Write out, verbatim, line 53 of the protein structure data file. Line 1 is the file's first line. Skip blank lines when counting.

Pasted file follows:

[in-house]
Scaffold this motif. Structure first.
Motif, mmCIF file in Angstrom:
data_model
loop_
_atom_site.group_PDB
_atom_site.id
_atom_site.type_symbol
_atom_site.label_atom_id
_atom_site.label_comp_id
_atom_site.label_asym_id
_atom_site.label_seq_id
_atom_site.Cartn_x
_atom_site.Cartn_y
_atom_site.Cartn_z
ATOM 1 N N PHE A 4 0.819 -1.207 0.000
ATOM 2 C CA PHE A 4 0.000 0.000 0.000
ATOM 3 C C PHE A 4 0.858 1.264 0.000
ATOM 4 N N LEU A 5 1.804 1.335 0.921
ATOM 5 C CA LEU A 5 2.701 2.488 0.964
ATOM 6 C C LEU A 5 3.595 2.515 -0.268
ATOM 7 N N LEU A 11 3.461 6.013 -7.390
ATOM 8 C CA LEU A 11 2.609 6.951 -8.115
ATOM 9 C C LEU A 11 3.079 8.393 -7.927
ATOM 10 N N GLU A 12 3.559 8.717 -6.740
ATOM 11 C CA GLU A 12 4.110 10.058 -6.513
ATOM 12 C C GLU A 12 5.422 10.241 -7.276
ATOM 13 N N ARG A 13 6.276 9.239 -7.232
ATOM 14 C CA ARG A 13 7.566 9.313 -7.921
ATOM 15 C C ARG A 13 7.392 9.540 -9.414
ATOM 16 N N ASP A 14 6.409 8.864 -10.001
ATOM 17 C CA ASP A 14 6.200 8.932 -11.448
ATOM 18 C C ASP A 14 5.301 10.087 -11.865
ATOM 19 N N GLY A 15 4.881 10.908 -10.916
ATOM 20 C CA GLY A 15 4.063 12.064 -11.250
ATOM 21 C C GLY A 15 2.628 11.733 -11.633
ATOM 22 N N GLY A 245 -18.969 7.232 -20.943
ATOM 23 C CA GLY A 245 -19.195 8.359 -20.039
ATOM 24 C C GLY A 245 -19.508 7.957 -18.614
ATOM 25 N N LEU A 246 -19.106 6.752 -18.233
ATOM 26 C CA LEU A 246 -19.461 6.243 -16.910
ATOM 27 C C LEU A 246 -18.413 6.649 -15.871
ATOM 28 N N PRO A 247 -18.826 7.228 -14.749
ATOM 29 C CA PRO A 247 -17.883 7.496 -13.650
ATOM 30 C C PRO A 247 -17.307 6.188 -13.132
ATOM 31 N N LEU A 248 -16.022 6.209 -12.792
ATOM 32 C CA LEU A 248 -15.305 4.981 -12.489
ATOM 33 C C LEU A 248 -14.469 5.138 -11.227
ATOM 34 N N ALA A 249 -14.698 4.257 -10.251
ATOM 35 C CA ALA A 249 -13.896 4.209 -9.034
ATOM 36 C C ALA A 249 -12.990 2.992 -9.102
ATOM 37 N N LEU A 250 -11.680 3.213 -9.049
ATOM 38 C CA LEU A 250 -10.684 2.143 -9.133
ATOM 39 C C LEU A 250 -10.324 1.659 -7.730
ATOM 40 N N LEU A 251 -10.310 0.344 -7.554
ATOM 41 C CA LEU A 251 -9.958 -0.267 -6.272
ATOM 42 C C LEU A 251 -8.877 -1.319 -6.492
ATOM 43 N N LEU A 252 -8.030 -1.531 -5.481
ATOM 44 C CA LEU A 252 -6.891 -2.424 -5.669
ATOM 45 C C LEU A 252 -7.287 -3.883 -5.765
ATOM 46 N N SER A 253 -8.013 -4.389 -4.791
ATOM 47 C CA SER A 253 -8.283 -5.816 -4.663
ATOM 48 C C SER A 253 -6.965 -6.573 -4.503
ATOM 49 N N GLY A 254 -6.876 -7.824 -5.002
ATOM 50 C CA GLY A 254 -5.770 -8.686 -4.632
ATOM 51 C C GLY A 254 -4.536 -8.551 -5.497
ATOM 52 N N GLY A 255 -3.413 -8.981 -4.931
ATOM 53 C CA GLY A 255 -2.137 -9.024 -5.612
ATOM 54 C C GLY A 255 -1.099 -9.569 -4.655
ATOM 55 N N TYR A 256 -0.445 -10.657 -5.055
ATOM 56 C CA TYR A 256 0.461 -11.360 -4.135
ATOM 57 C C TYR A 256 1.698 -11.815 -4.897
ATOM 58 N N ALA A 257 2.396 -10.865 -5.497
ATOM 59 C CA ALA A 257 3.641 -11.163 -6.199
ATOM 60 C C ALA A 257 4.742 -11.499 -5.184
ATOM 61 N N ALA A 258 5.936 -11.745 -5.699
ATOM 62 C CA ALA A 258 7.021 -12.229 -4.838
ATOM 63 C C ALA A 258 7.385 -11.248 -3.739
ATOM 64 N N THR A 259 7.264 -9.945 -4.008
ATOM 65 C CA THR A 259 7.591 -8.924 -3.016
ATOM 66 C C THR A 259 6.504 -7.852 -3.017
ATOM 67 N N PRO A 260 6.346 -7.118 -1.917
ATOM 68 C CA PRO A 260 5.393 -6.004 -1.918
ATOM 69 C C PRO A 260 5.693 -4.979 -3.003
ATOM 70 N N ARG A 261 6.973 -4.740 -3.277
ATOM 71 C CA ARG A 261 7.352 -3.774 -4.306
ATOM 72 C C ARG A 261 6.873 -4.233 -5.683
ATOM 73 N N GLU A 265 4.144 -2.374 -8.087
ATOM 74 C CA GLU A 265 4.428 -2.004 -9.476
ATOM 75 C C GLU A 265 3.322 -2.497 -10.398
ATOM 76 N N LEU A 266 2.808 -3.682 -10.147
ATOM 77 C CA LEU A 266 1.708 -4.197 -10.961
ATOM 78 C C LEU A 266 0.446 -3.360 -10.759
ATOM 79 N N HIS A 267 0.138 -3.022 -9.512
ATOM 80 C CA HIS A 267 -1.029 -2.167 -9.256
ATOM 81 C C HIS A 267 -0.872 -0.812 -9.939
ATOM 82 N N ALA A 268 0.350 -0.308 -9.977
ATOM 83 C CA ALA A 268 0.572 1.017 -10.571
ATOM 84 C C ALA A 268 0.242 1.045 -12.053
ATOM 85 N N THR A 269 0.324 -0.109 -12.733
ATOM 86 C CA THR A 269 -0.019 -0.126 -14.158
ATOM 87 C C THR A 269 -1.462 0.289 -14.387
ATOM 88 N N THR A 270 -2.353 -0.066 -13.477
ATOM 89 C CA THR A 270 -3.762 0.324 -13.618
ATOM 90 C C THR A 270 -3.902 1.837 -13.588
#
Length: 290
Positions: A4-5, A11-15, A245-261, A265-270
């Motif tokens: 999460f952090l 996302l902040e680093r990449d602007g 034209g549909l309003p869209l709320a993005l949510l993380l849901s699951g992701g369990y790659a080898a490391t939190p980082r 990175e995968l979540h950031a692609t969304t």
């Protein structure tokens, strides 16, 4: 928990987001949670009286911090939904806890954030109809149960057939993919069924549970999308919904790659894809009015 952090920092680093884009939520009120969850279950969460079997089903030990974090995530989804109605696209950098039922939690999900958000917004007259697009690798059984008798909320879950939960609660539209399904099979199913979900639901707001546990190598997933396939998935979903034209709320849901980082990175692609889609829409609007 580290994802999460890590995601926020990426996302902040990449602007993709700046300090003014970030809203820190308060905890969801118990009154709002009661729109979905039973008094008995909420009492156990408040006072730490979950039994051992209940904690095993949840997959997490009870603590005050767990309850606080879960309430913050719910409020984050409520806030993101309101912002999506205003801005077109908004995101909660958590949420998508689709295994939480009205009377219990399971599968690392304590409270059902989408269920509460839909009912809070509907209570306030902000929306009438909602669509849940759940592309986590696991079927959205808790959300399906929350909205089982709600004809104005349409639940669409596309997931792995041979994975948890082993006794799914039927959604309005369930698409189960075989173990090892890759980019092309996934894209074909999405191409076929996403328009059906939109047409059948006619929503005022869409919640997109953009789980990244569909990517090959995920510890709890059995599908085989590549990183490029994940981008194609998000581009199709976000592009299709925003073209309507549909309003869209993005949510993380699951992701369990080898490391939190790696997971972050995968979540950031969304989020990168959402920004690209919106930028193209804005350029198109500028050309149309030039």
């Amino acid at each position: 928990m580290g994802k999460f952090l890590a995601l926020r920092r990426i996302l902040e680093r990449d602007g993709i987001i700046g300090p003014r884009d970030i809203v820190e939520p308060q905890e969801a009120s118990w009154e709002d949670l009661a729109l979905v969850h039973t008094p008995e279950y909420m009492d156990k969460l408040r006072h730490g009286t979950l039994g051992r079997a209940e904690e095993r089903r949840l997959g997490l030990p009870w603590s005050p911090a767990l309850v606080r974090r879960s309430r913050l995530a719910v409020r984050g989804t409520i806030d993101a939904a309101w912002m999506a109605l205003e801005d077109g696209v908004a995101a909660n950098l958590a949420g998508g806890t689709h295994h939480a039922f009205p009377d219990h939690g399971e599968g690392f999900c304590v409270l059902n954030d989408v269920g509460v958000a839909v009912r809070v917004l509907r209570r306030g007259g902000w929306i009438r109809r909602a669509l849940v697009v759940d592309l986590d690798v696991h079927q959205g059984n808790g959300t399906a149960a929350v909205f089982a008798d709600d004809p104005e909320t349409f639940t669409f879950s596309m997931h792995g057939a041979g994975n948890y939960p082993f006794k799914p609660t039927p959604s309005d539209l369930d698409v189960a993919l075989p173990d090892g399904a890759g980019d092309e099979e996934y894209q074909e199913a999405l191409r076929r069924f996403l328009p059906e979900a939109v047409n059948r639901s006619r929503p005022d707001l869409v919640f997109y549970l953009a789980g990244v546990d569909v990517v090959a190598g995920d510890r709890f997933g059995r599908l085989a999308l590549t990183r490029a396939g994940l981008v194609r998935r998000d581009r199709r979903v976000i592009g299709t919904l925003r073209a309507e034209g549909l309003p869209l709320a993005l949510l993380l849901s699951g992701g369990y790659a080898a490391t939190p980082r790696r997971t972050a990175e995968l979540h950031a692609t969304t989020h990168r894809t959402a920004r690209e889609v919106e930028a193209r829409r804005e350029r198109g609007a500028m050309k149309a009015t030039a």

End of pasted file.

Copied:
ATOM 38 C CA LEU A 250 -10.684 2.143 -9.133